FA Chair suggests gay footballers could come out collectively


Greg Clarke, the Chairman of the Footballer’s Association in the United Kingdom has suggested a way that the popular game could embrace gay players.

Speaking to The Times, Clarke said it would be good if several players announced that they were gay at the same time so that one person did not have to stand in the spotlight alone.

“I put the message out there that if a number of top-level pros want to come out, why don’t we synchronise it?” Clarke said. “So one person doesn’t have to come out on their own.”

While LGBT people can be found in most walks of life, there is still a distinct lack of role models in professional sports including cricket, soccer, rugby and both Australian Rules and American football.

Clarke revealed that he’d recently met with a wide range of gay sportspeople to discuss creating an atmosphere that would allow players to be open about their sexuality without facing any negative ramifications.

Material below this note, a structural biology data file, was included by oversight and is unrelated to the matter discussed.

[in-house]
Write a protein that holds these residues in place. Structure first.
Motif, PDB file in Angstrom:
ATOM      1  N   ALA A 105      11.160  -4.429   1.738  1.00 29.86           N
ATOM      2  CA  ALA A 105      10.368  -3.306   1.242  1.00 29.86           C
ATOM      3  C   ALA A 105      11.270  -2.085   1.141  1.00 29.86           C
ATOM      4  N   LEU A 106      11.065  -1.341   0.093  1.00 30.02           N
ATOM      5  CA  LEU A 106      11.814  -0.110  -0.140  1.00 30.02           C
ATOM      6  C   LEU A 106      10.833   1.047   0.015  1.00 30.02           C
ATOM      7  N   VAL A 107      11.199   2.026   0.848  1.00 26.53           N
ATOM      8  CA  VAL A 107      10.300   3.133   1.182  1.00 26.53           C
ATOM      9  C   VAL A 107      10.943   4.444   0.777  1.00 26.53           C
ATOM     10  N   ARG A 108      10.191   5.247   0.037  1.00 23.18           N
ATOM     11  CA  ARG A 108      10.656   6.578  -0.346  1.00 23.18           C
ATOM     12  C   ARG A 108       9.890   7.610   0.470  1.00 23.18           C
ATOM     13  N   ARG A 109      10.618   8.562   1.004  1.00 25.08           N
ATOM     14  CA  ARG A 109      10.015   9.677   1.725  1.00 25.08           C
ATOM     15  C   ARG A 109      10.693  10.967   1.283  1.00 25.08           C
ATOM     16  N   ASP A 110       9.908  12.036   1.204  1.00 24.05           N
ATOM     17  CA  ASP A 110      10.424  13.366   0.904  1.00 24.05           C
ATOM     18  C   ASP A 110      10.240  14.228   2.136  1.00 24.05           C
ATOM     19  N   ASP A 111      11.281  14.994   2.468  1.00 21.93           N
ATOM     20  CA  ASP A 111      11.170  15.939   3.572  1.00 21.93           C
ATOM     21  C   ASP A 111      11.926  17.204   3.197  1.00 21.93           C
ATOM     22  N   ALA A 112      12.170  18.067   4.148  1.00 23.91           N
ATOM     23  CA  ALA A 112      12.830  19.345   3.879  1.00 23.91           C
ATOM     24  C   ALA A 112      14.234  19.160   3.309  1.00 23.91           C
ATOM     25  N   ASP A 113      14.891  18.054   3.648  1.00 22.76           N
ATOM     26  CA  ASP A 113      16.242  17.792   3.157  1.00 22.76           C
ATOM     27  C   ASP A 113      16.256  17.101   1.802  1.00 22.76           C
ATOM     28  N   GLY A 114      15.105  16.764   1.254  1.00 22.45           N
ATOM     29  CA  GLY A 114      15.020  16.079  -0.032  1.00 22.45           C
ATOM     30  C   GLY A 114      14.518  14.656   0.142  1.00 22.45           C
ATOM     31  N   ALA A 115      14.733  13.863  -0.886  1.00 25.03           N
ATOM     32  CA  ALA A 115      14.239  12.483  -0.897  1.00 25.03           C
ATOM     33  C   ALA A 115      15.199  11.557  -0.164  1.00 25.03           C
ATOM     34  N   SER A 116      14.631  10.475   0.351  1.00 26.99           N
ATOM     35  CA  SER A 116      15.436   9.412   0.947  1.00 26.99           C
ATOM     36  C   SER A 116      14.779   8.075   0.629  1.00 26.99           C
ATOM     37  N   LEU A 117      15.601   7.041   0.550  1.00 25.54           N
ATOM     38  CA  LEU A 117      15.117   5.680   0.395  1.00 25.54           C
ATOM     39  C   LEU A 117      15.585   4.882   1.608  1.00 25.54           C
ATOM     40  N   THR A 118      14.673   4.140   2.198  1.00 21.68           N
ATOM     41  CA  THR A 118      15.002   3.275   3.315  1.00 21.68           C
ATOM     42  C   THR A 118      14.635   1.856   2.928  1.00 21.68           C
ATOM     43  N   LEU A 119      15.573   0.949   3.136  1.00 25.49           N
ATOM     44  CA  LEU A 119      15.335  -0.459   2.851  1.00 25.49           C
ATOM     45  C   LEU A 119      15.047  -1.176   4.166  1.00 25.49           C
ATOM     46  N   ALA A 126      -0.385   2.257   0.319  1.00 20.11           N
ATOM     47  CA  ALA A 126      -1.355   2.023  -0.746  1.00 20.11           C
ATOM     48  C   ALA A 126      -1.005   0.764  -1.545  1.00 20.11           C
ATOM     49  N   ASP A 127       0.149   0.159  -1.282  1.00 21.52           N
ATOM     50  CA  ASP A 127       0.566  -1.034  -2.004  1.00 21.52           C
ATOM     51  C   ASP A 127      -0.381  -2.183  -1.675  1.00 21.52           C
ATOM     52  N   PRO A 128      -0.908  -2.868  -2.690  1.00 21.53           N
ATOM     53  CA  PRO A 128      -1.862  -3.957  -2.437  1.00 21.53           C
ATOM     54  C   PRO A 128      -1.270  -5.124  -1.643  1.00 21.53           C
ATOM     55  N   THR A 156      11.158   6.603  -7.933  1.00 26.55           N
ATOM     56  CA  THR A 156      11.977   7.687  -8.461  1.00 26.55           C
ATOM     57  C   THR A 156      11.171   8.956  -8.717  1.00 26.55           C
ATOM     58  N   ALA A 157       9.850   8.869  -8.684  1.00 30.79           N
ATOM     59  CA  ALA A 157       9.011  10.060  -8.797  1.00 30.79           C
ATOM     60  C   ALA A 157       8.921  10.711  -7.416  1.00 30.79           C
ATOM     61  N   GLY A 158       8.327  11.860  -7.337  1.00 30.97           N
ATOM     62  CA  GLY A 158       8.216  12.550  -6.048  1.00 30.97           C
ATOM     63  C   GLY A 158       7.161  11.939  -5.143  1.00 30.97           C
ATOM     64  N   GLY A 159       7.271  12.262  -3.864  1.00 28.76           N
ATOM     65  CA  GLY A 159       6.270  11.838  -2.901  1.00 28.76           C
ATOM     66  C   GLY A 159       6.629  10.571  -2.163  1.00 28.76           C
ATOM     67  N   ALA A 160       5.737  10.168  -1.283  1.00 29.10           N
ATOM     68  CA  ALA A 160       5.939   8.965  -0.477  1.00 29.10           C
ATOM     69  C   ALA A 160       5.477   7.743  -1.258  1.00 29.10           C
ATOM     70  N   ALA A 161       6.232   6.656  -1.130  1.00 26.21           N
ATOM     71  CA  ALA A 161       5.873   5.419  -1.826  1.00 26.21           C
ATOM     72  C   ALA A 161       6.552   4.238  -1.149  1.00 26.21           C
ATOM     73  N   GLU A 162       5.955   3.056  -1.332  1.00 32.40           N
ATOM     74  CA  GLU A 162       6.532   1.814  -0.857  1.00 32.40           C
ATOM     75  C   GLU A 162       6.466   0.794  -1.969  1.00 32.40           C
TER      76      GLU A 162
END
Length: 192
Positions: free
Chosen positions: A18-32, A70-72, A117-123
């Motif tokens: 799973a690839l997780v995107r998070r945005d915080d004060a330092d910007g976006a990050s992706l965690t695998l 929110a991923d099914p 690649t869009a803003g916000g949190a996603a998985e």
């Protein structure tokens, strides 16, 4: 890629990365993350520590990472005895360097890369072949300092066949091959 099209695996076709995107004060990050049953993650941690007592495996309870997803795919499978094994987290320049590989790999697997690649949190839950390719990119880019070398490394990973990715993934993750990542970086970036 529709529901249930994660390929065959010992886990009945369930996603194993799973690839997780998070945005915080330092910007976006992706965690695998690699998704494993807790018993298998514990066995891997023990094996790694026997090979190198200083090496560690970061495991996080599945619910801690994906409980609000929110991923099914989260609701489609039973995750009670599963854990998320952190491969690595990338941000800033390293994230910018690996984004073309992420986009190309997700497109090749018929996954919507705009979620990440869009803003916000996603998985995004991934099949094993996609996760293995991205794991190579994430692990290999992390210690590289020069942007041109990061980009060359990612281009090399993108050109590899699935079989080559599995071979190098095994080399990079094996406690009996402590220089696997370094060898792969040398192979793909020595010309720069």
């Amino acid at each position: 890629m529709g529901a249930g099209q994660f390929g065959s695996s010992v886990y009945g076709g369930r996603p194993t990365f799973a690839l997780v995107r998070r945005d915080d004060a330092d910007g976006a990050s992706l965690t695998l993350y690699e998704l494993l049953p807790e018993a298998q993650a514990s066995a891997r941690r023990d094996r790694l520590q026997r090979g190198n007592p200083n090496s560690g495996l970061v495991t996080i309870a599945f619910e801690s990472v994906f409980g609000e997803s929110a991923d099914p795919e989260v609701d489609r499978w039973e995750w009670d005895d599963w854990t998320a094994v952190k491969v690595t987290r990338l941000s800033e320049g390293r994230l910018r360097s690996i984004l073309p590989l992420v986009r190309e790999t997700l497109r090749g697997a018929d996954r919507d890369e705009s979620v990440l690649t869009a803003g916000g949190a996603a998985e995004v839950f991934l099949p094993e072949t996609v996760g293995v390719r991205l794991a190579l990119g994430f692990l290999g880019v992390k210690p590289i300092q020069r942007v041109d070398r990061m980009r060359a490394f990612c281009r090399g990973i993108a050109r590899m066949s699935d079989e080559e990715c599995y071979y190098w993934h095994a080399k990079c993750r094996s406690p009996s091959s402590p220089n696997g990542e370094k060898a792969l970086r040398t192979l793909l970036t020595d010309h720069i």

Recent surveys have found that most fans of the sport would not have a problem in a member of their favourite team revealed they were gay, but Clarke said his concern was about how fans would treat a member of an opposing team.

The first premier league soccer player to come out was Justin Fashanu who announced that he was gay in an interview in 1990. After his sexuality was known no clubs offered Fashanu a full-time contract

In 1998 Fashanu was accused of sexual assault of a seventeen year old male, a warrant was issued for his arrest but he fled to England. A few weeks later he committed suicide, leaving a note saying that while he was innocent he did not feel he would be given a fair trial.

Over the last two decades only a handful of high profile players have opened up about their sexuality, among them Robbie Rogers who plays for LA Galaxy and Anton Hysén who plays in the second division of the Swedish league.

OIP Staff

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